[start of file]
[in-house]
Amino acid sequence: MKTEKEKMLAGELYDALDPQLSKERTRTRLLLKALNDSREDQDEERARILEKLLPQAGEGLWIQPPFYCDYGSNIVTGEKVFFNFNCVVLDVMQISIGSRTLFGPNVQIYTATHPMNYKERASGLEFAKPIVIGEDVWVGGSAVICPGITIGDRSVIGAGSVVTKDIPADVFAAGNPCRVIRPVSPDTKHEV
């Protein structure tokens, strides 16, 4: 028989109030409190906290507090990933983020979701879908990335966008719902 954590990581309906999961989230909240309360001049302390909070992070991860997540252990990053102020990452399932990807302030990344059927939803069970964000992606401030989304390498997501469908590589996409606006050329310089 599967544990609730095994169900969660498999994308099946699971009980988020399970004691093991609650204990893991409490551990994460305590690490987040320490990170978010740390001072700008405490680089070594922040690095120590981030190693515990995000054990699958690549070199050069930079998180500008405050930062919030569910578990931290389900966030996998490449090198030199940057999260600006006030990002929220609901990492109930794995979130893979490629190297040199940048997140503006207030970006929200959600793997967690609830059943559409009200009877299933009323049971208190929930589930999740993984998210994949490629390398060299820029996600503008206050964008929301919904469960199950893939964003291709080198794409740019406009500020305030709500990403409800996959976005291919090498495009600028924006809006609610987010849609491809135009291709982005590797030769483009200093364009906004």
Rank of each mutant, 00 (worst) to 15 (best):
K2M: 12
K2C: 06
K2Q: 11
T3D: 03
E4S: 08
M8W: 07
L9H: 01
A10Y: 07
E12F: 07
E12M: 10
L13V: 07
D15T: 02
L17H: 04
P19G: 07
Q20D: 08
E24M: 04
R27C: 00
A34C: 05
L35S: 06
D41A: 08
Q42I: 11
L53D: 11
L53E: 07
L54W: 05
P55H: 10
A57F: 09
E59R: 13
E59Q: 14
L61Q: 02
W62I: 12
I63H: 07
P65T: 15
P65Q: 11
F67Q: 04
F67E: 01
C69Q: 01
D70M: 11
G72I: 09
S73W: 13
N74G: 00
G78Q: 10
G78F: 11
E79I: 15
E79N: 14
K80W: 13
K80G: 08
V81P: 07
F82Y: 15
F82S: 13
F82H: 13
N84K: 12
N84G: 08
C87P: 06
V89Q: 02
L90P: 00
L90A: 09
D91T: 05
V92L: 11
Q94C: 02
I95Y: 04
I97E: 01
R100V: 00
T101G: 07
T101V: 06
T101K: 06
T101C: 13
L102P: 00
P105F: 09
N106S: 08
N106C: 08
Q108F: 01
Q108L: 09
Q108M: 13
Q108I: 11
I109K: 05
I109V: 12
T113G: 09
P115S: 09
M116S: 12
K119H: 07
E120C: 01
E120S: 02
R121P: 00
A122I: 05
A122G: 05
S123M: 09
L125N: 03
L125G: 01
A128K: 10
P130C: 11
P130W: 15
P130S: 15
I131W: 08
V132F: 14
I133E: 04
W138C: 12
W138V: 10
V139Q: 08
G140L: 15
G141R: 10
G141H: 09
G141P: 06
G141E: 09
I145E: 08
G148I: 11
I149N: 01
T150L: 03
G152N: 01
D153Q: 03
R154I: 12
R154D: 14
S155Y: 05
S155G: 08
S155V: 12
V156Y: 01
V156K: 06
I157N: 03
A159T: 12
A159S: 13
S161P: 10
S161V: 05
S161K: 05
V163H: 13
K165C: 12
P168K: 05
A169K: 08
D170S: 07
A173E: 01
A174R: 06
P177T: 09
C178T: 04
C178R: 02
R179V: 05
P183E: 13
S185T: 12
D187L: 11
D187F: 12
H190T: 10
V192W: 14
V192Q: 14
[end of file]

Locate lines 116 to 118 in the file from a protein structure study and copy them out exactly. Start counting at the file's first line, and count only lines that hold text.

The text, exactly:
S155Y: 05
S155G: 08
S155V: 12